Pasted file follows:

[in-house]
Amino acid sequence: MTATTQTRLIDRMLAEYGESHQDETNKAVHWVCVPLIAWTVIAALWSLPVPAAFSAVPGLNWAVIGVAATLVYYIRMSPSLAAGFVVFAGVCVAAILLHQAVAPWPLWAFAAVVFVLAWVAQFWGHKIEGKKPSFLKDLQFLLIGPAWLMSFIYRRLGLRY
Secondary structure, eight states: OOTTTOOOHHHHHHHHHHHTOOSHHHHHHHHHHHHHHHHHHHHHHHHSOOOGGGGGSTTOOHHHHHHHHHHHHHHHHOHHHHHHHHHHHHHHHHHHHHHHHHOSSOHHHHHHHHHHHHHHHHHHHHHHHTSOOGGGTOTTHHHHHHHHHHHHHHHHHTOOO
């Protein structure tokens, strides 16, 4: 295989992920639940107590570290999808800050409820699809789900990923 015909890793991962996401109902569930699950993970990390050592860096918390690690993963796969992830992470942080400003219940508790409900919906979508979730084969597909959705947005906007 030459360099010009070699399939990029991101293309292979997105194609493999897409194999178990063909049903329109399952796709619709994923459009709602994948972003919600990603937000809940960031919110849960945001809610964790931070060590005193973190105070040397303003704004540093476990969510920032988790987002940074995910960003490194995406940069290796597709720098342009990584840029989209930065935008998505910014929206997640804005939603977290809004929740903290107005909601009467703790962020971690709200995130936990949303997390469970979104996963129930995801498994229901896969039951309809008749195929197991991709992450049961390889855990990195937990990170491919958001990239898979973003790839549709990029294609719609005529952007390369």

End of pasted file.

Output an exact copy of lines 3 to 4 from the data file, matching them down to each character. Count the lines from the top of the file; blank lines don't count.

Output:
Secondary structure, eight states: OOTTTOOOHHHHHHHHHHHTOOSHHHHHHHHHHHHHHHHHHHHHHHHSOOOGGGGGSTTOOHHHHHHHHHHHHHHHHOHHHHHHHHHHHHHHHHHHHHHHHHOSSOHHHHHHHHHHHHHHHHHHHHHHHTSOOGGGTOTTHHHHHHHHHHHHHHHHHTOOO
């Protein structure tokens, strides 16, 4: 295989992920639940107590570290999808800050409820699809789900990923 015909890793991962996401109902569930699950993970990390050592860096918390690690993963796969992830992470942080400003219940508790409900919906979508979730084969597909959705947005906007 030459360099010009070699399939990029991101293309292979997105194609493999897409194999178990063909049903329109399952796709619709994923459009709602994948972003919600990603937000809940960031919110849960945001809610964790931070060590005193973190105070040397303003704004540093476990969510920032988790987002940074995910960003490194995406940069290796597709720098342009990584840029989209930065935008998505910014929206997640804005939603977290809004929740903290107005909601009467703790962020971690709200995130936990949303997390469970979104996963129930995801498994229901896969039951309809008749195929197991991709992450049961390889855990990195937990990170491919958001990239898979973003790839549709990029294609719609005529952007390369």